In greek, teratornis merriami, teratornis woodburnensis and maybe even a teratornis olsoni from Cuba are known as “wonder birds”

Terratornis was a genus of huge North American birds of prey.

Taxonomy:
1) Teratornis merriami: Because of the numbers foud at Rancho La Brae and the tar pits, is is by far the most researched species. Over a hundred specimens have been found. It stood about almost 30inches (or 75cm) tall with estimated wingspan of almost 3.8 metres (11.5 to 12.5 ft). Its weight has been estimated at 10 to 15 kilos.
2) Teratornis woodburnensis: In 1999, at Legion Park, Woodburn, Oregon. Parts of the teratornis woodburnesis were found. There was a humerus,
parts of the cranium, beak, sternum, and vertebrae. Scientists were able to estimate a wingspan of over 4 meters (14 ft). The find dated
to about 12,000 years ago, during the late pleistocene. In combination with this ‘wonder bird’ find. A stratum containing remains of megafauna such as mammoth, mastodon, ground sloths, and early human occupantion was discovered at the site.
3) Another form, “Teratornis” olsoni, was described from the Pleistocene of Cuba, but its affinities are not completely resolved; it might not be a teratorn, but has also been placed in its own genus, Oscaravis. There are also undescribed fossils from southwestern Ecuador, but apart from these forms, teratorns were restricted to North America.

Even when as large as these 4 meter wing spans (almost 15 feet). Bird fossils are very hard to find. It took ten thousand years for scientists to identify the hundreds of teratornis fossils mostly from California, Oregon, southern Nevada, Arizona, and Florida.

Description
As in all modern birds, finger bones of ‘wonder birds’ were fused. Though, part of there index finger formed a shelf. It aided in hard take offs, and not when availably enabled to utilize drafts of strong upcurrents. Their legs were strong, there feet could hold prey and tear off pieces. Though, its believed there short length was not quite as forceful as some other birds of prey. Teratorns (or ‘wonder birds’) should have been able to take off by simply jumping and beating there wings. Because its legs were smaller, it seems to have been batter adapted for utilizing a short run into the wind, or off a large tree, ledge or cliff, as some other height point like birds do. They probably inhabited cliffs and rugged terrain, where they could take off and soar through the air easily.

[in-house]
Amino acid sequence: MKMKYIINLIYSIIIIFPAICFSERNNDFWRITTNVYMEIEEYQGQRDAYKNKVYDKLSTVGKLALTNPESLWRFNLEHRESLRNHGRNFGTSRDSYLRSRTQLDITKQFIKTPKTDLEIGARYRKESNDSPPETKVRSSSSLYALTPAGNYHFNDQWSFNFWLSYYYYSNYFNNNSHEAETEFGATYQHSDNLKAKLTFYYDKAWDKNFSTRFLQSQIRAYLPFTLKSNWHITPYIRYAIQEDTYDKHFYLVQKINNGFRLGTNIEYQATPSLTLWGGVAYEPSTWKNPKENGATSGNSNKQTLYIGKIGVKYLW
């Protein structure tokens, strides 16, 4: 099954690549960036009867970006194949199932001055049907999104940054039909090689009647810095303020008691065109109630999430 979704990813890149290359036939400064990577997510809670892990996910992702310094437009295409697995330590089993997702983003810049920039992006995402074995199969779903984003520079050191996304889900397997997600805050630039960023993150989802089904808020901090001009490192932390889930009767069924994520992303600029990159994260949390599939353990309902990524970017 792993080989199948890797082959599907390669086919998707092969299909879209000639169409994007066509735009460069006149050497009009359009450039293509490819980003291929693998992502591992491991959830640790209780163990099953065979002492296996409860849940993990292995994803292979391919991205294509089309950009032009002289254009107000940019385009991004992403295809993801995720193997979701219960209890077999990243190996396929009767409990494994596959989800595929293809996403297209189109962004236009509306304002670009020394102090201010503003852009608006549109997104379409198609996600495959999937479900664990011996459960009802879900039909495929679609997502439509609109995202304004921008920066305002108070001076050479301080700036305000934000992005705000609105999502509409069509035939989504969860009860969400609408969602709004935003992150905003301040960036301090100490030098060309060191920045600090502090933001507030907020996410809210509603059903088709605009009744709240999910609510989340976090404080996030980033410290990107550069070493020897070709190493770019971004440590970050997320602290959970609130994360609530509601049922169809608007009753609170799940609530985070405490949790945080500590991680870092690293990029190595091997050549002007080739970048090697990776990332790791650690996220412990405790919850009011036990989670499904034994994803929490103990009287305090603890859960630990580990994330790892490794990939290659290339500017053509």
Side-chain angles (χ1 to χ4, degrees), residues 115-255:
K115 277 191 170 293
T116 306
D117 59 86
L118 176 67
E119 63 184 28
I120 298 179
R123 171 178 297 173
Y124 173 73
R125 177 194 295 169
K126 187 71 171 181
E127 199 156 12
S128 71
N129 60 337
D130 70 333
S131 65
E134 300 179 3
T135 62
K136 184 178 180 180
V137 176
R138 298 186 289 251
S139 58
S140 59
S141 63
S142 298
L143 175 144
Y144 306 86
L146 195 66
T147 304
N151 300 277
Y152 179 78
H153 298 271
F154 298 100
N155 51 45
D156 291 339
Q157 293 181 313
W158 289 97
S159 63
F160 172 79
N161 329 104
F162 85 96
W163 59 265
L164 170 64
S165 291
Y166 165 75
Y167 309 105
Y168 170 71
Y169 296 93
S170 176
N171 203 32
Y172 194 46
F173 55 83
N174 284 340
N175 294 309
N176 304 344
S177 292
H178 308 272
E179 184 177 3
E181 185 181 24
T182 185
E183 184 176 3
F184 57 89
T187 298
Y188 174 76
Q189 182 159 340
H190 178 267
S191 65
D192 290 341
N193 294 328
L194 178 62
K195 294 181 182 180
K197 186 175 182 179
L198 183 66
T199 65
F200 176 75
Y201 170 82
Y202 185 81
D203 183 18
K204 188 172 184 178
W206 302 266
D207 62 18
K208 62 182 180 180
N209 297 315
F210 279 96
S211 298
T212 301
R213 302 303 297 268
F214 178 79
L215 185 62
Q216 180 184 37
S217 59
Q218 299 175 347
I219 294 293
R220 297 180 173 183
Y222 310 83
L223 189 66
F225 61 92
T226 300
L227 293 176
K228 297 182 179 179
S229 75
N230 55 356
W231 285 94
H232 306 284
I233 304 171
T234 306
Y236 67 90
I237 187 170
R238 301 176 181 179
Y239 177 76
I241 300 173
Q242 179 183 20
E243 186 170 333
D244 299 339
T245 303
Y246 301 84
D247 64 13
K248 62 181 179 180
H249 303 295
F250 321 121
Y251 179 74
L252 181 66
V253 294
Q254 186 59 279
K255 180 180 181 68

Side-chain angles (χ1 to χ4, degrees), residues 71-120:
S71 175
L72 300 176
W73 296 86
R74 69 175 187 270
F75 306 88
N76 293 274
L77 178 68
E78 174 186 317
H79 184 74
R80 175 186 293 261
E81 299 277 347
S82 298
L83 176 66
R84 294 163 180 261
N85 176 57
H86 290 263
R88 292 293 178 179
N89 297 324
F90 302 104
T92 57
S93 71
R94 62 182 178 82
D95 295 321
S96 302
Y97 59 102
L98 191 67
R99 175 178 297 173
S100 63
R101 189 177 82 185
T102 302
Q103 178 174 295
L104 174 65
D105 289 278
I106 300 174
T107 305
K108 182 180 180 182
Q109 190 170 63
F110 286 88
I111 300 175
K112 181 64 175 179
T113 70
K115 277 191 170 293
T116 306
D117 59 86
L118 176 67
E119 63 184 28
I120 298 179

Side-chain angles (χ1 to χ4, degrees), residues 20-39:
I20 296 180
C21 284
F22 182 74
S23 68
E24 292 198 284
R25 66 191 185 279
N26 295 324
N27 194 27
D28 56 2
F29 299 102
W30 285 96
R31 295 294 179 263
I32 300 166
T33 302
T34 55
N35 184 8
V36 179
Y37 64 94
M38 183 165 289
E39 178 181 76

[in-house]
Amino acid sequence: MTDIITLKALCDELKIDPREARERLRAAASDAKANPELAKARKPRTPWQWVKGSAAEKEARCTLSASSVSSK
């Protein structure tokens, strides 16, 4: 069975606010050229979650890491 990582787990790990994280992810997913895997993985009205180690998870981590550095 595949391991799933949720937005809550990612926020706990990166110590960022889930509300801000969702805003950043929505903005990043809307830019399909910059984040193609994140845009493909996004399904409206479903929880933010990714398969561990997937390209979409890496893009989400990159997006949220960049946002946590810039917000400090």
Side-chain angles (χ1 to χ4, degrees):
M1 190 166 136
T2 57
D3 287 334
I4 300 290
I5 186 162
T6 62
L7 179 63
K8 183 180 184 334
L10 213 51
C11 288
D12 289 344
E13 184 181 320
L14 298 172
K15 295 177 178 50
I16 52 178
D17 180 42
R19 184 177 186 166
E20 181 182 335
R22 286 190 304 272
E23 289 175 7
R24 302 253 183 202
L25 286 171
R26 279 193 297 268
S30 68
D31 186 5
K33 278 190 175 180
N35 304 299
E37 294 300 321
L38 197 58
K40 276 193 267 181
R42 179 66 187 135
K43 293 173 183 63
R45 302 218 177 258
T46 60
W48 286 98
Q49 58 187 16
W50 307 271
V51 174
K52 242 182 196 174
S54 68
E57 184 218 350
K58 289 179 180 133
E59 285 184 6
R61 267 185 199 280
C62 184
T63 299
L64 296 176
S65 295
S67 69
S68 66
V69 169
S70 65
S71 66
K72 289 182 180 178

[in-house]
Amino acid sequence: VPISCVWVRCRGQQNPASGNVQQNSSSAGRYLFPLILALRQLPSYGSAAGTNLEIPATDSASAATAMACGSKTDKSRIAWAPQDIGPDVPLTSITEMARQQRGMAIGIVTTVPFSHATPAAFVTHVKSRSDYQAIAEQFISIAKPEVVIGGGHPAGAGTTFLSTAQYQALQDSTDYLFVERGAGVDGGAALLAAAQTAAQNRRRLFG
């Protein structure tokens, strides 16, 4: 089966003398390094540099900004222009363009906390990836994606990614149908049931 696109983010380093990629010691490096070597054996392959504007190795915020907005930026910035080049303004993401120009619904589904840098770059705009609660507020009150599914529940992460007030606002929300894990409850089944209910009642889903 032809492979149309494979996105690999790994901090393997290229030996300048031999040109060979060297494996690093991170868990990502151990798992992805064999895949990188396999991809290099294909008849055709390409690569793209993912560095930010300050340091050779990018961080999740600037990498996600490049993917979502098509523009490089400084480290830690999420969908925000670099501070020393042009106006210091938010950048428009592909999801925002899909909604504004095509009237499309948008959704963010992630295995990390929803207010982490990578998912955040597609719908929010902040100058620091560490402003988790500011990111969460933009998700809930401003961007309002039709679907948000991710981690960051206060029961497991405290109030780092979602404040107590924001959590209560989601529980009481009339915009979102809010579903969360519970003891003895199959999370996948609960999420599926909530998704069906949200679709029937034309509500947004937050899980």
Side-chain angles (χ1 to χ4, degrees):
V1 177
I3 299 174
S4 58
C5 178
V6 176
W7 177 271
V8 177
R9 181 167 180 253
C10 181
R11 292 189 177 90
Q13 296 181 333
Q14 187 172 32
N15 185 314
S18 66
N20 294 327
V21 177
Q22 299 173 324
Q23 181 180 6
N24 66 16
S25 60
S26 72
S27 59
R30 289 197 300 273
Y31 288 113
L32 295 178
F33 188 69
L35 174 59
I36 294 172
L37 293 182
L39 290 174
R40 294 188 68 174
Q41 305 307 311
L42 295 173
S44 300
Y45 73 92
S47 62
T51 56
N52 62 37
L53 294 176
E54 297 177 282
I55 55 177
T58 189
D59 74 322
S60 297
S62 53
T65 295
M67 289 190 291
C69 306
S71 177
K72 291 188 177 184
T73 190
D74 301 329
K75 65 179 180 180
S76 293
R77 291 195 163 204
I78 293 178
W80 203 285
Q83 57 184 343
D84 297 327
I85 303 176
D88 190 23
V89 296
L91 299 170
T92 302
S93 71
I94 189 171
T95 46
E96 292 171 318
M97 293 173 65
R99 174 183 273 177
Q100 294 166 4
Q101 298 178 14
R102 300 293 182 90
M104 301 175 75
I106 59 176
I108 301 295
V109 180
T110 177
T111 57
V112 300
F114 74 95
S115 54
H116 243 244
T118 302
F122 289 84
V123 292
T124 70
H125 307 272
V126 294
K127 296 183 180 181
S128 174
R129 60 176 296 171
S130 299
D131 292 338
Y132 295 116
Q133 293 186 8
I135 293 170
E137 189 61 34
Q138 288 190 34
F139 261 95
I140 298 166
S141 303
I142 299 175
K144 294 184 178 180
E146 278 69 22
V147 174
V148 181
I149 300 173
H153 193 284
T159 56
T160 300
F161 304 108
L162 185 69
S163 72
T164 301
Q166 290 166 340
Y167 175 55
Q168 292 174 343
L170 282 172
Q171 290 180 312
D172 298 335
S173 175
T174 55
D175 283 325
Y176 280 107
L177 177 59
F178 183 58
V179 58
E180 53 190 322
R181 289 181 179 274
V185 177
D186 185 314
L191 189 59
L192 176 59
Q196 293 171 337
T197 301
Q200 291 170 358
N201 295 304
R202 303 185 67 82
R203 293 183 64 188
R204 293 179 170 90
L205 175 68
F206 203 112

Paleobiology, Diet and Feeding Habits
Analysis of functional morphology of skull, its larger bill and ability to spread its mandibles and swallow its prey whole. Suggest it was an active and carnivorous predator rather than a scavenger. Similar to condors. Other viewpoints note that like many old world vultures that possess large bills. It allowed them to probe deeper into large carcasses.
Small and sideward facing eyes and there low skull are also consistent with a scavenging lifestyle. For these crazy birds, small prey such as
frogs, lizards, snakes, young birds, and rodents were swallowed whole. Larger mammels or carion would have been fed on similar to condors or
vultures.

Locomotion